A credit enquiry is where lenders request your credit report from the Central Credit Register when you apply for a loan of €500 or more. This includes the following:
- Credit Cards
- Letter of Credit Facilities
The Central Credit Register credit report contains your credit history and current credit performance. The credit report will help us with your application.
Can I request a Central Credit Register report?
Yes, you can request a copy of your report from the Central Credit Register on the Central Credit Register website.
Individuals (consumers, sole traders, or anyone who can provide a PPSN) have a right to request their report at any time free of charge (subject to fair usage).
Non-individuals (companies, legal entities, or any other entity that can provide a Business Registration Number/Company Registration Office number or foreign equivalent) have a right to request their report at any time and the first report each year is free. There will be a charge of €6.35 for any subsquent request within the year.
The Central Credit Register will require identification documents to complete this request. The documents needed to make a credit enquiry can be found on the Central Credit Register website.
What type of borrowers are included on the CCR?
Borrowers included on the CCR are individuals (such as personal customers, sole traders and farmers), and non-individuals (such as companies and partnerships).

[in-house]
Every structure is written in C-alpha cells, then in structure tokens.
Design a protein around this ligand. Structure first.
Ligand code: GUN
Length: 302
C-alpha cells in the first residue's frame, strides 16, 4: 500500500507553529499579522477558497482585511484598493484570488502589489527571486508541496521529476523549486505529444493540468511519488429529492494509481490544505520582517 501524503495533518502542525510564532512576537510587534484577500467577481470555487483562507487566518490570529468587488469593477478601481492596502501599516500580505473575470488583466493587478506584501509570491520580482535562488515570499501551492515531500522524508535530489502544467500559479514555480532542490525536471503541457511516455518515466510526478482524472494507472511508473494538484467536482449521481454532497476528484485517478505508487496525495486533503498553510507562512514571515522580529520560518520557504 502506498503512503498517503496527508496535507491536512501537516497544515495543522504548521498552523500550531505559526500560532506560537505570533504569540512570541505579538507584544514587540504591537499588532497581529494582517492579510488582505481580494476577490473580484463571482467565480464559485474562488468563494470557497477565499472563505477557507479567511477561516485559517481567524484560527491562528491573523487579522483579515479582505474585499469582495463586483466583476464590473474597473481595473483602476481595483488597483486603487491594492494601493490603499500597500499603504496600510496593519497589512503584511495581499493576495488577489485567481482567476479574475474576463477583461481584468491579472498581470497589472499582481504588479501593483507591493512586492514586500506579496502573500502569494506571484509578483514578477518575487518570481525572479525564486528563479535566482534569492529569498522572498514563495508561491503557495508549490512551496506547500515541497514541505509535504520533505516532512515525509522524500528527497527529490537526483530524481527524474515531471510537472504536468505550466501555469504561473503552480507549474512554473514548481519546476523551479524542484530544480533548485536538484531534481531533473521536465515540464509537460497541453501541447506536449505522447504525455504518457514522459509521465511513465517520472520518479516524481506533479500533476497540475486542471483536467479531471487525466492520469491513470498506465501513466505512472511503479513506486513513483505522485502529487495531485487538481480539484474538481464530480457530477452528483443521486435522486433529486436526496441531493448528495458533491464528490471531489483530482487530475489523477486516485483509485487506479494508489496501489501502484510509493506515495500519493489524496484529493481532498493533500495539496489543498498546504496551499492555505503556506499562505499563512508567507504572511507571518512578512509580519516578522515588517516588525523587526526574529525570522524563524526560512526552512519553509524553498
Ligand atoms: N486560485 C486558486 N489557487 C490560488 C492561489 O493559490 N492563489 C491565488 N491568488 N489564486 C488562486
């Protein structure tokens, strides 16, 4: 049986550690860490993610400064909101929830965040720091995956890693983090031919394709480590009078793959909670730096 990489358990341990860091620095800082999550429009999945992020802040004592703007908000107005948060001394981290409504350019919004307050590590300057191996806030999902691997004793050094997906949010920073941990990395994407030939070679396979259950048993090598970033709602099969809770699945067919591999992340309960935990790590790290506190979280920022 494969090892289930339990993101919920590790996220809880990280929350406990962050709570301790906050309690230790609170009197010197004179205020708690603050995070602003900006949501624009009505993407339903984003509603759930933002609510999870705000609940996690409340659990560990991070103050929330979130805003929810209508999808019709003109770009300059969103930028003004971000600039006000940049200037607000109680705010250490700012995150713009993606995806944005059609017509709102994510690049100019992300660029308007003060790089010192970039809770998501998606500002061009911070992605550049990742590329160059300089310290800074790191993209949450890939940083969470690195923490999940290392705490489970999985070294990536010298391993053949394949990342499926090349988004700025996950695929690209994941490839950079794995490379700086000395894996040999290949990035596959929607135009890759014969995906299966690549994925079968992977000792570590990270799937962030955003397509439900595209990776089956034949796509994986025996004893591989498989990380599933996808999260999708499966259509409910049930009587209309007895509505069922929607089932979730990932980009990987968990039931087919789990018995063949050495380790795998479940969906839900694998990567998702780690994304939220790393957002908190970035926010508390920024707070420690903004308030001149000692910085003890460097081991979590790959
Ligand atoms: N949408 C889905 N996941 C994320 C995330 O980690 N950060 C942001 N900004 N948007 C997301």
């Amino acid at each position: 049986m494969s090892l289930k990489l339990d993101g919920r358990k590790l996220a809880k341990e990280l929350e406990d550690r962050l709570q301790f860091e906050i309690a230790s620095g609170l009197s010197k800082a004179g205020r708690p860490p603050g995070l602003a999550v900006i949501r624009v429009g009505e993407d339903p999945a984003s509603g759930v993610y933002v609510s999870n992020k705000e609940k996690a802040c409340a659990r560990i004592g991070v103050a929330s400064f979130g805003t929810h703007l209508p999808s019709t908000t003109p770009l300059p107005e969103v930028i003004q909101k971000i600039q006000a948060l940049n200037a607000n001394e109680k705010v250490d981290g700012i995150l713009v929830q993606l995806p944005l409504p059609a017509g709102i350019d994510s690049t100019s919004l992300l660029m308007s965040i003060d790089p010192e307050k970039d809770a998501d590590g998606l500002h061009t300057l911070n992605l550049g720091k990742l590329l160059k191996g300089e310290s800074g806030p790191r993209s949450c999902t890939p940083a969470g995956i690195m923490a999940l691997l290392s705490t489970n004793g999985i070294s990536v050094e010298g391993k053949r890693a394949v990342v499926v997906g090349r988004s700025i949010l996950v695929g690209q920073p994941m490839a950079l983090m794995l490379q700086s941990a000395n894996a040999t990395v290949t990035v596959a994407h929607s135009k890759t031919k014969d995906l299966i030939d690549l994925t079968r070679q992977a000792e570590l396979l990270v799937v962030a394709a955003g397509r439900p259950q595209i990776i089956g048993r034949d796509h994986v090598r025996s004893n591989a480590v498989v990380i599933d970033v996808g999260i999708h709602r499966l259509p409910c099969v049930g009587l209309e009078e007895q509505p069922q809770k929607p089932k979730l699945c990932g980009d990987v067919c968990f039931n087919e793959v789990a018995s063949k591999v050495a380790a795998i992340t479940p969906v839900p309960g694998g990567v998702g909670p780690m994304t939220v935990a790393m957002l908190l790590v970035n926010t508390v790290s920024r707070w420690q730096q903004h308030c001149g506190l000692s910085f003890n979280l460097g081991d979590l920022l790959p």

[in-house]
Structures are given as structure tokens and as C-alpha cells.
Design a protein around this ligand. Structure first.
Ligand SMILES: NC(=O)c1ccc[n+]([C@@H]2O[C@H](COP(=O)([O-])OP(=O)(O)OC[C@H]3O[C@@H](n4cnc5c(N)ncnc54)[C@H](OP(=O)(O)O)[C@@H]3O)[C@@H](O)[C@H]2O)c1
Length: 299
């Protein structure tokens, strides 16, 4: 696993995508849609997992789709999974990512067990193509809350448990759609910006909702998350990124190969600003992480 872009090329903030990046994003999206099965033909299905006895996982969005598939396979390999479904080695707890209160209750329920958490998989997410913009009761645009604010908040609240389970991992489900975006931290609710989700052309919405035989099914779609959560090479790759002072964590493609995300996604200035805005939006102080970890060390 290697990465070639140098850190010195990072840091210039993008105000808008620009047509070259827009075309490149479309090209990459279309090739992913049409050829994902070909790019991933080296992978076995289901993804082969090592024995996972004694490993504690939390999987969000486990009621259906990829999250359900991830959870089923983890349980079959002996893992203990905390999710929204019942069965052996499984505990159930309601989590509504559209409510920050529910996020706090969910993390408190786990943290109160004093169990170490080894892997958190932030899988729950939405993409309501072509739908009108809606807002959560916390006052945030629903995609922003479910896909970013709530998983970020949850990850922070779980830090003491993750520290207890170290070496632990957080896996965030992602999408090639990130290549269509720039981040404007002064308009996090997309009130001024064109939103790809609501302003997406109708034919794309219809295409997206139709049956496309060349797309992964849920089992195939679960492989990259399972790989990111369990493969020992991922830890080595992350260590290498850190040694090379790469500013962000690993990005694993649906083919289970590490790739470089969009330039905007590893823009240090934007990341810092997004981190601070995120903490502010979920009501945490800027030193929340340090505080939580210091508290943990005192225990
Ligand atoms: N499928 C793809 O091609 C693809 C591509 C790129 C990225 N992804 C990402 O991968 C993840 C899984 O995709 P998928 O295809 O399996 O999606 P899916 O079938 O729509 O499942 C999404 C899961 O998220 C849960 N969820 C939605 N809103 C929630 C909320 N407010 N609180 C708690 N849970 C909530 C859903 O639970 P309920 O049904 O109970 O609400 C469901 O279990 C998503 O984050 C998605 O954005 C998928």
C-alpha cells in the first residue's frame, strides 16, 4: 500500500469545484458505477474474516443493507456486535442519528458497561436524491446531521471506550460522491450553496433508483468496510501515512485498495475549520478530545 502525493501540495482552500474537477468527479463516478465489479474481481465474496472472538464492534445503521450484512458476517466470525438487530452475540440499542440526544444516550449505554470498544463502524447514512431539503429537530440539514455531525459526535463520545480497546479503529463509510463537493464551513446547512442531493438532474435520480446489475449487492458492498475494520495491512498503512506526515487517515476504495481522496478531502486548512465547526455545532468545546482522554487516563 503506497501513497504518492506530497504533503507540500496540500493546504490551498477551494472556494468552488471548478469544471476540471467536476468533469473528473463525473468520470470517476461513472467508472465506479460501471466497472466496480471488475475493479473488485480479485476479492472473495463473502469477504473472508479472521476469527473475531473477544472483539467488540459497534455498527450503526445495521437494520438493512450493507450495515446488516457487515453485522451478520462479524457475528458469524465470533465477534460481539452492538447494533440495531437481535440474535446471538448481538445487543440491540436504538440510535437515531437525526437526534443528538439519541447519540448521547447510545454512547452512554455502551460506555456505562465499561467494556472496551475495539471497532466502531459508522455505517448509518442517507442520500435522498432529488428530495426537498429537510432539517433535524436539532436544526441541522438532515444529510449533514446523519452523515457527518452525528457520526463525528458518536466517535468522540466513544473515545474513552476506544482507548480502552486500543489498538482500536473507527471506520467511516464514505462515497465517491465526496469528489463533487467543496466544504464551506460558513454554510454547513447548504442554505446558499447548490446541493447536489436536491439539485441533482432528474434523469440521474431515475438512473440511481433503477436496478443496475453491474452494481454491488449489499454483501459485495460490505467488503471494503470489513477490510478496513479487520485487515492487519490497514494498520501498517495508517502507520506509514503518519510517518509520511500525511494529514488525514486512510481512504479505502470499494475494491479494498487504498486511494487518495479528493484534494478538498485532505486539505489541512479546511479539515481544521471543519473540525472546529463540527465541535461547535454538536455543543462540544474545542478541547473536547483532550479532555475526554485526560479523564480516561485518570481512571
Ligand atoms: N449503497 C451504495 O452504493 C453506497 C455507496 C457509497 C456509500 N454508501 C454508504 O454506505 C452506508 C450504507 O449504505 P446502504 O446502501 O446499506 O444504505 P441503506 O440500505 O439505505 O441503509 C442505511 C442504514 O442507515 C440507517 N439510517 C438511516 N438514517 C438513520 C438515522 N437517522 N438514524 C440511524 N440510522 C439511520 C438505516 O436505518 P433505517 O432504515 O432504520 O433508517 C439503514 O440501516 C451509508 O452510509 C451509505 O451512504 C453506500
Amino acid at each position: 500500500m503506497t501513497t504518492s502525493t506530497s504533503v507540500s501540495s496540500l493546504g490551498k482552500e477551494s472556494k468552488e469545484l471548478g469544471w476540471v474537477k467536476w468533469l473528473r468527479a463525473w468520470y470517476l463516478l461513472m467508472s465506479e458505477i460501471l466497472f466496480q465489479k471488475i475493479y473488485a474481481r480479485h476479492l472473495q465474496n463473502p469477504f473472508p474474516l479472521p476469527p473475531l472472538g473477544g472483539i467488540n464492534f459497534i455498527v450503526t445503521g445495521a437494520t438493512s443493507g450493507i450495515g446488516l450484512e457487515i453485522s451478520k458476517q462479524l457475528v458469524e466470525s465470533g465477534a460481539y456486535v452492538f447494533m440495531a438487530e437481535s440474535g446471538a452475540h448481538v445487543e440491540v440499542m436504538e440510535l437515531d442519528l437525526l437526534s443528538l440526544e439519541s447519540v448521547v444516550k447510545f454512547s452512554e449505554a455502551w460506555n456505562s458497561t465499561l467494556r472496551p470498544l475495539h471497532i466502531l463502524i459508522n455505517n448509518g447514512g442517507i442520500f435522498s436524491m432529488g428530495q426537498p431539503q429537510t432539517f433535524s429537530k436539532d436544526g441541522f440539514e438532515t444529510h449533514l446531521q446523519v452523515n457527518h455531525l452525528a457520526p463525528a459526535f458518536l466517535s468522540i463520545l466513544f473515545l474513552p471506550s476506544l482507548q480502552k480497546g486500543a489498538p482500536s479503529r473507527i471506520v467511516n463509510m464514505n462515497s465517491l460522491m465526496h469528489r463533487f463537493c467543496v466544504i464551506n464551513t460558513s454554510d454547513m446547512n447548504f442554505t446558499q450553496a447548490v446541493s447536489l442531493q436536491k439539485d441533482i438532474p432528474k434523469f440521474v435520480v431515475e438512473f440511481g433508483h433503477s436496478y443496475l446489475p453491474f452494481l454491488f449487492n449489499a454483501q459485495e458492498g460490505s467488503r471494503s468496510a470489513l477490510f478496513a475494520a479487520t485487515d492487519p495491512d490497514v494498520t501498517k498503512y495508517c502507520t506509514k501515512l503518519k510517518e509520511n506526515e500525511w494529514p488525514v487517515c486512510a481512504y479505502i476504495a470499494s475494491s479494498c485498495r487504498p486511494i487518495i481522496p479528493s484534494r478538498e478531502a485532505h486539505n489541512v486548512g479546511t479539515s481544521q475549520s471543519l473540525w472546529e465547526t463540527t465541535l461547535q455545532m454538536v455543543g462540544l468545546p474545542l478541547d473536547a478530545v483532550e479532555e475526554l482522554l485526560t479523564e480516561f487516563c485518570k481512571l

Types of borrowers also include any other entities that are resident in the state at the time of making the credit application or where the credit agreement is governed by Irish Law. This includes, for example, clubs or associations.
Guarantors who provide guarantees or indemnities will also be included in the future.
What is the ICB and is it still being checked as part of my application?
The Irish Credit Bureau (ICB) is a credit reference agency which maintains an electronic database with information on the performance of credit agreements between financial institutions, such as banks and building societies, and borrowers. A second credit reference agency, the Central Credit Register (CCR), is operated by the Central Bank of Ireland under the Credit Reporting Act 2013.
The ICB have announced they will be closing their service on FRIDAY, 1 OCTOBER 2021. Bank of Ireland is updating its procedures to continue to only use the Central Credit Register (CCR) to assess lending requests received after this date.
- I've heard that the ICB is to be closed soon/has closed. How does that impact me?
- I've applied for a business credit card. Should I request for my ICB report in advance of the closure?
If the ICB is closing, will you still check my ICB records as advised on the online application?
Lenders across the industry are reducing their dependency on ICB data in the run up to the closure. As such, the process has been to check ICB records. This may remain in place until ICB records are no longer available to us from Friday 1st October. Any applications made after Friday 1st October, will no longer refer to the ICB and will instead continue to use the Central Credit Register (CCR) to assess lending requests.